This time, International Women's Day comes in a context that makes one wonder whether it has become a national characteristic to not only victimise women, but even to be ruthless to the victim. The country is pondering with shock and sorrow about institutionalising the method of trampling on women, at the hands of actors right from mob with casteist frenzy up to the judiciary. Incidents that disarm the laws and awareness created following the 'Nirbhaya' case – brutal replay of the very Nirbhaya incident – are being reported in large numbers. While on the one hand laws are made more stringent, on the other the executive and judiciary take a stand of defanging them. The other day came news of a minister in Karnataka asking a young woman' honour as the price of a job.
The highest judge of the highest court Sharad Arvind Bobde is now facing fair criticisms. What he asked a government employee alleged to have repeatedly tortured a minor girl, was whether he was prepared to marry her. The issue is not about the court turning marriage intermediary, nor ignoring the girl's consent as a factor in the process, but of giving undue consideration to an accused who should be punished according to the law of the land and thereby making a woman's honour a commodity for a price in the public. The accused stalked the minor girl continuously, bound her and abused her many times over; and then he threatened her that if she disclosed the matter he would throw acid on her, burn her and kill her brother. The lower court granted him bail despite his multiple offences that did not deserve bail. However, the Bombay High Court cancelled the bail with strong strictures.
But the Supreme Court gave him bail and protection from arrest. When it heard the grievance of the accused that if arrested, he would lose his job, the court attached greater importance to his job than the victim's honour and agony. His life security seems to have appealed to the bench stronger than her basic rights. And in retrospect, the way the same court's chief justice had handled an allegation raised against him, had in the least raised the credibility of the judiciary. It was last year that a judge of Karnataka High Court Justice Krishna Dixit observed that the allegation of a woman who was abused in her office could not be believed. The reason he gave was that the act of the victim sleeping away following the torture did not befit an Indian female; this mention was however expunged subsequently from the judgement. And the Supreme Court's blaming a tortured woman in 2017, was also widely criticised.
Ever since the 1979 case of a Supreme Court bench acquitting two policemen who abused a minor adivasi girl at the police station, over the last four decades there have been a plethora of unfortunate events in which the judiciary ditched the victim and showed leniency towards the perpetrators. Last year, the country was shocked to hear the Madhya Pradesh High Court telling the accused in a sexual abuse case that if he went to the victim's house and gifted her with a 'rakhi' on her wrist, the court could grant him bail. For the simple reason that strict adherence to law would put the culprit in trouble, even the judicial system has often been found to explore out of court settlements. The tears or self-respect of girls subjected to rape and repeated gang rape and then having to marry the culprit as per the 'khap' panchayat decisions, or the pain of their families do not not seem to torment us.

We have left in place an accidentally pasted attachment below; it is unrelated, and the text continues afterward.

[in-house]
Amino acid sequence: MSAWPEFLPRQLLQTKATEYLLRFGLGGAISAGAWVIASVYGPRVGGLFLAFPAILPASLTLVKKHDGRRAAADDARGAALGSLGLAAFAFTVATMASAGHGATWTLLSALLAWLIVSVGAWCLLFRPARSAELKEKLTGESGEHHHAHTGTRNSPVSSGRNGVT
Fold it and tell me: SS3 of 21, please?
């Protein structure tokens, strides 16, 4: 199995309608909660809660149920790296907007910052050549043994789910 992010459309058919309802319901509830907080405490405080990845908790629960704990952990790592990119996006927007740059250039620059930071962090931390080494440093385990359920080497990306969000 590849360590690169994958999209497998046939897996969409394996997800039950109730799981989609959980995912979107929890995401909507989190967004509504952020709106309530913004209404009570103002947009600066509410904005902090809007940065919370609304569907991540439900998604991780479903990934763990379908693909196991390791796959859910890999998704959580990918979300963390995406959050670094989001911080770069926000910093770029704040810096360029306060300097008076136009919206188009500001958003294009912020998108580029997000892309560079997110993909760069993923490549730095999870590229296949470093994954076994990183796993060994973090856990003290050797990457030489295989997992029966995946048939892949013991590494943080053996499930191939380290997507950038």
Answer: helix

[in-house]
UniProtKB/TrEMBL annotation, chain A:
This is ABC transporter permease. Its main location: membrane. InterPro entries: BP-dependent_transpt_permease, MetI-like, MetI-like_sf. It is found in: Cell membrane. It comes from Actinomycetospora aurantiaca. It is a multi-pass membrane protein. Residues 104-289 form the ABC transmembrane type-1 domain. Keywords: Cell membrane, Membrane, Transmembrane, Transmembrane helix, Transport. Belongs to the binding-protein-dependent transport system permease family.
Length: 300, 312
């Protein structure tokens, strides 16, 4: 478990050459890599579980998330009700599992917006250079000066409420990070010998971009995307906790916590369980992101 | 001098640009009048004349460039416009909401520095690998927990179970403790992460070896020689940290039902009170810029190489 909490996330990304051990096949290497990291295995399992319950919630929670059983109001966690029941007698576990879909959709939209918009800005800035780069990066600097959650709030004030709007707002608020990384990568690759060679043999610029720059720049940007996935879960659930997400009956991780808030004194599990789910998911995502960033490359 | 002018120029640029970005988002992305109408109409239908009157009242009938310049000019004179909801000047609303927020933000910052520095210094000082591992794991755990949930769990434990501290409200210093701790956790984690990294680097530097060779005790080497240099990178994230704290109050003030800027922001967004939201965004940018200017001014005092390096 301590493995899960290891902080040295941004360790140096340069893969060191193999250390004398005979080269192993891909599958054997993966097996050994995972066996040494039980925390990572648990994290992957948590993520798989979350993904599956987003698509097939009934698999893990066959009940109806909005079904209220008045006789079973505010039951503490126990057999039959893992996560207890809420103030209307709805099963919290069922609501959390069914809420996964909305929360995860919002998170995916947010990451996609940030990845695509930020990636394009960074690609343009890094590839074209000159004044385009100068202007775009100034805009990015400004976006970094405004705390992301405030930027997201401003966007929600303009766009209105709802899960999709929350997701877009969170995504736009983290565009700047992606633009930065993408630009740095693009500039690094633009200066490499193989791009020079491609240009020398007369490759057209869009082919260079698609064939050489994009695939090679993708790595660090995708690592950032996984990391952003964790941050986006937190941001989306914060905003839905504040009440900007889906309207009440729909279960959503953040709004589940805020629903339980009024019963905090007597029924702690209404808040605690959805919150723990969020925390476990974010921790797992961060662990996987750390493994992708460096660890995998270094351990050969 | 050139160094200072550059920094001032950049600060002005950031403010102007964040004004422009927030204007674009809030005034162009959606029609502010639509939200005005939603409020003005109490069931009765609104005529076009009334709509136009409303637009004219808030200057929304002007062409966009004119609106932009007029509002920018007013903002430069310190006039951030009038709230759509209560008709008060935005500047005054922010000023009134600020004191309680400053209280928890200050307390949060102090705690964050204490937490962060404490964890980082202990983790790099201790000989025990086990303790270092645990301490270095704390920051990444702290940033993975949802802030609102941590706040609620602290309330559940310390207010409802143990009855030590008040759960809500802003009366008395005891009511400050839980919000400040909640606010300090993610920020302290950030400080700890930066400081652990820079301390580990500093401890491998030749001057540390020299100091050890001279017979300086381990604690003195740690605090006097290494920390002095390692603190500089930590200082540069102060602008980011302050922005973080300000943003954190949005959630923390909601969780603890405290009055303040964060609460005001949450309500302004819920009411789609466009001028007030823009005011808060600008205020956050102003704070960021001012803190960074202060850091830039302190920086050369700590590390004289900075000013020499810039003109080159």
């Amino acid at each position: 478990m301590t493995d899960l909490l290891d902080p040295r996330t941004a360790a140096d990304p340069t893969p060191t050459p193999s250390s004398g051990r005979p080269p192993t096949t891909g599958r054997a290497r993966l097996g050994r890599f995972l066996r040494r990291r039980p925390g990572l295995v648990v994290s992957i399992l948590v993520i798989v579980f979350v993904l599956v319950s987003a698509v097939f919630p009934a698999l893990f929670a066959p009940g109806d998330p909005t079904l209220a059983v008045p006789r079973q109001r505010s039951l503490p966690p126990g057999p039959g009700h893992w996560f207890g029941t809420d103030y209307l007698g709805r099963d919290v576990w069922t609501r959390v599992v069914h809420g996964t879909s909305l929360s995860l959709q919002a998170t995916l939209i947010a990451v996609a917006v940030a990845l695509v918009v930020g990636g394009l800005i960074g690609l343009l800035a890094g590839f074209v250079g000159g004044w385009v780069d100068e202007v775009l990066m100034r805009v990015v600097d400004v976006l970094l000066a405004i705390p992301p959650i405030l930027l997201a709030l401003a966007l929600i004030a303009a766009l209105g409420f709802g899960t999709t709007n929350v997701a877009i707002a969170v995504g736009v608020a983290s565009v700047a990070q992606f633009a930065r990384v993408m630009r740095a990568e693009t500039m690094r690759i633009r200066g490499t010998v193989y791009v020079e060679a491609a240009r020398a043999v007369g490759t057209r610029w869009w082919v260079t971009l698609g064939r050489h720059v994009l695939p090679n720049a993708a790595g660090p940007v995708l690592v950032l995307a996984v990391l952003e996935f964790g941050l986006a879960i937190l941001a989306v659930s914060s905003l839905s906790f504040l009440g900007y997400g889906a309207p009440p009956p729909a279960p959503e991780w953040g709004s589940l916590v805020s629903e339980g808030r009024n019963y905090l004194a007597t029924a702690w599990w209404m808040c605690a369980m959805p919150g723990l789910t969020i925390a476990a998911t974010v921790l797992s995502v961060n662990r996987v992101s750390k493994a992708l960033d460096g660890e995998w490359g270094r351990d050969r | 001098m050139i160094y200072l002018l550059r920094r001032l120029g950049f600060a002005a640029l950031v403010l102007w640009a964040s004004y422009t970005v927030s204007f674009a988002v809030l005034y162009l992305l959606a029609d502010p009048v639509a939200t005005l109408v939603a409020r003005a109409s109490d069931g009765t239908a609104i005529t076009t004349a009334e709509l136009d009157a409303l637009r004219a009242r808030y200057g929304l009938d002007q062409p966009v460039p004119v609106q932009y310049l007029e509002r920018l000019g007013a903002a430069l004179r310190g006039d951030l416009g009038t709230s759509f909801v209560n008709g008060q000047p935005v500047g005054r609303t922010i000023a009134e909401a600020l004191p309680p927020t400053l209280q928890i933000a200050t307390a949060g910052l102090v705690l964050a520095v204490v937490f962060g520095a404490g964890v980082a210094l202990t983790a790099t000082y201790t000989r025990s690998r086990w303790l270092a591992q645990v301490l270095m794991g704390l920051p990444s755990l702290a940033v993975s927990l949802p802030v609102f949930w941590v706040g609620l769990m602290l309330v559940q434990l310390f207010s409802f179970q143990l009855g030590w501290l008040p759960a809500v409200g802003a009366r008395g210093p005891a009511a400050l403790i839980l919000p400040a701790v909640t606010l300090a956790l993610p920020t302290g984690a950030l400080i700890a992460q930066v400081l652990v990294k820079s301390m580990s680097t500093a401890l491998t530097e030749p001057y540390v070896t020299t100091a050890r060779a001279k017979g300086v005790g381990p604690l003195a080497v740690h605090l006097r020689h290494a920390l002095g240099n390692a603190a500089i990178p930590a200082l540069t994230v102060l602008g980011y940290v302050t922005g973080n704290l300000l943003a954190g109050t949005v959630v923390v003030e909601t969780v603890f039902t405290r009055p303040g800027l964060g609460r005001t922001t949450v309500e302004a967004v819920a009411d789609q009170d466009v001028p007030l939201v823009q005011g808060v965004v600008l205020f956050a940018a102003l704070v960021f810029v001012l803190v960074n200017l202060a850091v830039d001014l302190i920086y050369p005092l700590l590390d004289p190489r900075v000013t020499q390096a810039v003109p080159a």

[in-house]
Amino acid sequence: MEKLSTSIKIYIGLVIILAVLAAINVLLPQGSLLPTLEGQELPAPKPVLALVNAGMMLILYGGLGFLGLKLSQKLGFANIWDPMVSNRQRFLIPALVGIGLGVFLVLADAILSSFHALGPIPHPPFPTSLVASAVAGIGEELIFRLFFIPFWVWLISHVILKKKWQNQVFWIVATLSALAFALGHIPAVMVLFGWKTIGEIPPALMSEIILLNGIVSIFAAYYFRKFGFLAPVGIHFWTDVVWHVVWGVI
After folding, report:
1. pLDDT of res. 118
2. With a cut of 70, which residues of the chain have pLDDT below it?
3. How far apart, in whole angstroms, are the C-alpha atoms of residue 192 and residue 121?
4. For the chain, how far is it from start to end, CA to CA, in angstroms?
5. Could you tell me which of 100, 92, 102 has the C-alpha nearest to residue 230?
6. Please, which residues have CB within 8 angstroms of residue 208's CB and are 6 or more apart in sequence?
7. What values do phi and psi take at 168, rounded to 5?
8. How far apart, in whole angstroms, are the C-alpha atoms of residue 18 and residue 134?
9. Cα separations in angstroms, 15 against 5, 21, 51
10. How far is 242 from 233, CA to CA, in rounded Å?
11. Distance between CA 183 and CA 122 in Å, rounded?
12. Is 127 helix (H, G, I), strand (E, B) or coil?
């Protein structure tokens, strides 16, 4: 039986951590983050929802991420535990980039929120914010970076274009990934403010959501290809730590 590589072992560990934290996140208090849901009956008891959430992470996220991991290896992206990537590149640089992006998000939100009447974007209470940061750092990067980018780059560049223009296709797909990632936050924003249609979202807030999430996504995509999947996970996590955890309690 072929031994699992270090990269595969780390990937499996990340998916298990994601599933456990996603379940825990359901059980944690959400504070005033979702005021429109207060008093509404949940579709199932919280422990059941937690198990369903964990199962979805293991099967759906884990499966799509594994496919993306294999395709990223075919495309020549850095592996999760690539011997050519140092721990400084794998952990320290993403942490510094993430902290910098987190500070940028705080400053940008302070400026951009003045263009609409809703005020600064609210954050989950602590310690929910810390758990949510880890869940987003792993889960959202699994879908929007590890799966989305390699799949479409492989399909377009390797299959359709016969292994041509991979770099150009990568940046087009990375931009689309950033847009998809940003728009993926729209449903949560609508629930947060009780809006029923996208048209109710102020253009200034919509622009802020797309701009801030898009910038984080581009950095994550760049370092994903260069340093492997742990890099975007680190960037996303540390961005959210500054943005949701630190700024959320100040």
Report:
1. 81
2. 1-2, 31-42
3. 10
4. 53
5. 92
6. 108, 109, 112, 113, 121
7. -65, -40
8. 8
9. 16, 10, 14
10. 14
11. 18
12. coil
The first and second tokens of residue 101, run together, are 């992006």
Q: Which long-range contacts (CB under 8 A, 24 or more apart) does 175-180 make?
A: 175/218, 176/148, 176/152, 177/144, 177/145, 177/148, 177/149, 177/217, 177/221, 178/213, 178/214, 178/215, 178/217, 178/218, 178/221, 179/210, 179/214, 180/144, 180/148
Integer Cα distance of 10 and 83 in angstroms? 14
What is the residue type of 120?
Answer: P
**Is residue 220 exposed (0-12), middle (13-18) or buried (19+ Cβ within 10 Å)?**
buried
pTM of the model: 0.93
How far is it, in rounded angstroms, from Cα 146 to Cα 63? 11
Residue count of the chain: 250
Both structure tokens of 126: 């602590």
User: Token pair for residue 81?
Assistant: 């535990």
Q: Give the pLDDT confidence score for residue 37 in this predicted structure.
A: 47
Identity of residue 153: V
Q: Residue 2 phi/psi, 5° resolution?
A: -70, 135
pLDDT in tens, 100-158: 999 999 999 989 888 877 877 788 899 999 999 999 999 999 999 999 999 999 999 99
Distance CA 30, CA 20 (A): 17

Or of what use is having laws! A father of a girl complainant subjected to molestation is killed by the accused. It is in the same Hathras of Uttar Pradesh, where this happened, that a Dalit girl was gang raped and then torn into pieces with broken back bone and then the police burned her dead body, keeping her family entirely out of the picture. In Uttar Pradesh alone, incidents proliferate of women being stripped of her chastity and life, so much as to cease being even news. In Rajasthan and Haryana, the situation is far from any the more encouraging. In Kashmir, a seven year old girl was kidnapped from forest region, given narcotics, tortured and finally thrashed to death with rocks by merciless gangsters. Figures speak of one woman being subjected to abuse every minute in India. The issue is not the absence of laws, but of the law-keepers and judges not feeling the pain of victims. Law becomes ineffectual at the point where the court stops short of taking punitive action prescribed by law and giving consideration to the interest of the offender. The security provided by the society is stronger than laws. But for that to happen, the value awareness that guides the society should grow beyond manusmriti. It takes having larger hearts among those including judges. In a system where the constable who abuses a young woman approaching the police station as a complainant and judges who put a price tag on the self-respect of a victim, which laws can protect women! Only when we raise such unpleasant questions will Women's Day have any relevance.